THE LILAC FAIRY BOOK - online childrens book

A Collection of Illustrated classic fairy tales for children by Andrew Lang

Home Main Menu Order Support About Search

Share page  

Previous Contents Next

went, and the same thing befell her as had befallen her mother.
' Where is the water ? ' asked the shoemaker, when she came back, and as she held nothing save the handle of the jug he went to the well himself. He too saw the reflection Of the woman in the tree, but looked up to discover whence it came, and there above him sat the most beautiful woman in the world.
' Come down,' he said, ' for a while thou canst stay in my house,' and glad enough the girl was to come.
Now the king of the country was about to marry, and the young men about the court thronged the shoemaker's shop to buy fine shoes to wear at the wedding.
' Thou hast a pretty daughter,' said they when they beheld the girl sitting at work.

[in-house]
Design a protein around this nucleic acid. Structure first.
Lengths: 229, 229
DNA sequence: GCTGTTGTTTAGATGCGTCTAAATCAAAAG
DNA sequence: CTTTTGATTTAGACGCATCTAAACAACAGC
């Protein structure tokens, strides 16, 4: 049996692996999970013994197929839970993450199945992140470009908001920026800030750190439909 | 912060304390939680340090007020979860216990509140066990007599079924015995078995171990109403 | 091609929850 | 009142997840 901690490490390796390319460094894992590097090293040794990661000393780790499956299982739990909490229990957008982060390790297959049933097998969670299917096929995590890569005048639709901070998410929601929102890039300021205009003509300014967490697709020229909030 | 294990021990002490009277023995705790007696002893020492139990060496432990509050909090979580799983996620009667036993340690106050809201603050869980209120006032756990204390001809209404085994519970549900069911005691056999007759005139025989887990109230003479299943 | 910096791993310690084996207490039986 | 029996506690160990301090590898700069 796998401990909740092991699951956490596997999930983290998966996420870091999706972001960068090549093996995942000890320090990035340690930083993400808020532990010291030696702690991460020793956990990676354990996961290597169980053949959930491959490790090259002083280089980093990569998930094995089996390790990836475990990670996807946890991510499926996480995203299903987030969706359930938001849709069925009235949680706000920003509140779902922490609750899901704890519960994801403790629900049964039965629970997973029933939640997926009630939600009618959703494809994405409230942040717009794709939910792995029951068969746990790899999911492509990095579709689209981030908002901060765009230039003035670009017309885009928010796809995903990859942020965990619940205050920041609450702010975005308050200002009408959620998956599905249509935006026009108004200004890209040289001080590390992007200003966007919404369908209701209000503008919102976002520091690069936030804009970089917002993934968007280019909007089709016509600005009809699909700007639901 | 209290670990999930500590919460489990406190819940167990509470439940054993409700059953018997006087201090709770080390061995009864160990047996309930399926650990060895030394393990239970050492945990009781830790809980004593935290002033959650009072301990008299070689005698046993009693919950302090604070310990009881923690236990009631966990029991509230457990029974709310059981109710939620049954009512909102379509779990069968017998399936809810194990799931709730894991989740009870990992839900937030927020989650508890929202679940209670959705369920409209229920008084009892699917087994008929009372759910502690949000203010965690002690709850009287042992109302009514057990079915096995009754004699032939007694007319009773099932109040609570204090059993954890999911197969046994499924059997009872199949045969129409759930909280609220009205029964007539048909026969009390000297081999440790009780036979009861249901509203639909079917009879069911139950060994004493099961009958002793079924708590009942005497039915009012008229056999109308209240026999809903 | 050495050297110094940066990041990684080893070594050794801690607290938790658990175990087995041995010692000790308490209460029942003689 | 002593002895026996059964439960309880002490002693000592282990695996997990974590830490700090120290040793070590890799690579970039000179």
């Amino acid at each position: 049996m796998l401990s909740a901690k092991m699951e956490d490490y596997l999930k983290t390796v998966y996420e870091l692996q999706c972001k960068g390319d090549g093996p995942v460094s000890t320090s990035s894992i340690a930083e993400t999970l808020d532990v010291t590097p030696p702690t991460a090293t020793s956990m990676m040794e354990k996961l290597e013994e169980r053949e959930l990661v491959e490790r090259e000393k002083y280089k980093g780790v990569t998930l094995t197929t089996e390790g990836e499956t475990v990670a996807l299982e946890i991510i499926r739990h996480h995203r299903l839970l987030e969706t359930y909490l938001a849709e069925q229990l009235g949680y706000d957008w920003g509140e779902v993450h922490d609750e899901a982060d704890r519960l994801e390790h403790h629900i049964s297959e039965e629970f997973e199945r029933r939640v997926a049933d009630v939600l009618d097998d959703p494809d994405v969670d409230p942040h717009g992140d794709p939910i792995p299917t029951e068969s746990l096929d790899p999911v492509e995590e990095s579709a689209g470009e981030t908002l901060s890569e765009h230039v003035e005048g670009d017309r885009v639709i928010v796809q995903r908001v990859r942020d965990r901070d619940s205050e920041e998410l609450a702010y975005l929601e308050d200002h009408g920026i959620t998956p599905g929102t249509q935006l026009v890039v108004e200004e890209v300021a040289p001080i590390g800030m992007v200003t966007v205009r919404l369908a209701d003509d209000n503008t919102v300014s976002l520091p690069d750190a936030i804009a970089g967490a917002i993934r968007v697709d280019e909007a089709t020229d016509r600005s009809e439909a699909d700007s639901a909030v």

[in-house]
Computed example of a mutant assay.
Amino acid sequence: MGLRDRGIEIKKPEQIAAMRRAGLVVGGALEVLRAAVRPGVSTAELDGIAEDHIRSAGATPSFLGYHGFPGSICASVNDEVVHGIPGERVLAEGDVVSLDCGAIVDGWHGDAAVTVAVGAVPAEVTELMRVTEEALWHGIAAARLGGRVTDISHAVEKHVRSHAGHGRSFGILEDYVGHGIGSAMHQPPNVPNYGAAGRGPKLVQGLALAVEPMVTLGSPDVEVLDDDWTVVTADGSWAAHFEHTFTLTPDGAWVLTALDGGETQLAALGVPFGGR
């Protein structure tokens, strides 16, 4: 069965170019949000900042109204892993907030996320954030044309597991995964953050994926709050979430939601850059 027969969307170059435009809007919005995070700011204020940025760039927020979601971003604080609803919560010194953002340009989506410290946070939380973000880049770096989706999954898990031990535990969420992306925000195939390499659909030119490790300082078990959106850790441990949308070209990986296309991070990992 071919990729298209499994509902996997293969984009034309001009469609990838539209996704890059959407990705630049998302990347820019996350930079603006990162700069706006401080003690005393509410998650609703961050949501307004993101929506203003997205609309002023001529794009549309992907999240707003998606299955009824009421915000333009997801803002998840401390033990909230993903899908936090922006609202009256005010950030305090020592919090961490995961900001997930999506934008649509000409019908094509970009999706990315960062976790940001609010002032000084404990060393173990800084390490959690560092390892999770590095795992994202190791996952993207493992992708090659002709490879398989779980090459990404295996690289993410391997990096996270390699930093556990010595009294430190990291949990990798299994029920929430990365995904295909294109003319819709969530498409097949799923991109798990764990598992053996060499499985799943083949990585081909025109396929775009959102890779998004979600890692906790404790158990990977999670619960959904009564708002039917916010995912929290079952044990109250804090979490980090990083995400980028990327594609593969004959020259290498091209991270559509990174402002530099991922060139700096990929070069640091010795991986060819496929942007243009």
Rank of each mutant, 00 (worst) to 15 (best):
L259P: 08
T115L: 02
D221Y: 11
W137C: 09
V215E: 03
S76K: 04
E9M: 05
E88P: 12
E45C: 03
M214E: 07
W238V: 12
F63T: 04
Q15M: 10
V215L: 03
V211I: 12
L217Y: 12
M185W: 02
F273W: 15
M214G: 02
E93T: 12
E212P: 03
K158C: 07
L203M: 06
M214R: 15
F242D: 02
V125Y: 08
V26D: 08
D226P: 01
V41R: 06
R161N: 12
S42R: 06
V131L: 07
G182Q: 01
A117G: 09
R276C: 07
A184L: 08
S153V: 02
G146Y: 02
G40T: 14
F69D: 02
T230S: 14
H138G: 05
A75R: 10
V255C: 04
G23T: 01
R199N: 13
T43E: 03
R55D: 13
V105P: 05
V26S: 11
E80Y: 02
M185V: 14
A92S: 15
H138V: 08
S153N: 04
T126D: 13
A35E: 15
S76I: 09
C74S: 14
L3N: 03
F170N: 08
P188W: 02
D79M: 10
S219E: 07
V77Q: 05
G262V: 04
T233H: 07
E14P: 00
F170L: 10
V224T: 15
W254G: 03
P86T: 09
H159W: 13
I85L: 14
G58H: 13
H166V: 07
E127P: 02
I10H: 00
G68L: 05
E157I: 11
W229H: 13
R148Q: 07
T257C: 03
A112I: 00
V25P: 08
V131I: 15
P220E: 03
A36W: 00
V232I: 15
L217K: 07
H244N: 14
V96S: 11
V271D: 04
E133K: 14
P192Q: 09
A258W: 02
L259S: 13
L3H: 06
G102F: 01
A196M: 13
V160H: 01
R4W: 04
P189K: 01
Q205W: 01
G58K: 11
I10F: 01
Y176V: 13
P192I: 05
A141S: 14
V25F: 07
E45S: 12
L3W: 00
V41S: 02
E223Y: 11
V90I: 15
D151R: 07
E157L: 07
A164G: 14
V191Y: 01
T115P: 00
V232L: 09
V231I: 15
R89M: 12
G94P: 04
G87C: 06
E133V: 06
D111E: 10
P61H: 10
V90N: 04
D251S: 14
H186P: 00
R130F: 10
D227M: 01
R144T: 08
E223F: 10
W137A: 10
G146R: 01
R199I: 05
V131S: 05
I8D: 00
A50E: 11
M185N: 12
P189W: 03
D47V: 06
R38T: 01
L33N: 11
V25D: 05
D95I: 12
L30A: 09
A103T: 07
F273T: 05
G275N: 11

' Pretty she is,' answered the shoemaker, ' but no daughter of mine.'
' I would give a hundred pounds to marry her,' said one.
' And I,' ' And I,' cried the others.
' That is no business of mine,' answered the shoe­maker, and the young men bade him ask her if she would choose one of them for a husband, and to tell them on the morrow. Then the shoemaker asked her, and the girl said that she would marry the one who would bring his purse with him. So the shoemaker hurried to the youth who had first spoken, and he came back, and after giving the shoemaker a hundred pounds for his news, he sought the girl, who was waiting for him.
' Is it thou ? ' inquired she. ' I am thirsty, give me a drink from the well that is out yonder.' And he poured out the water, but he could not move trom the place where he was ; and there he stayed till many hours had passed by.
' Take away that foolish boy,' cried the girl to the shoemaker at last, ' I am tired of him,' and then
Previous Contents Next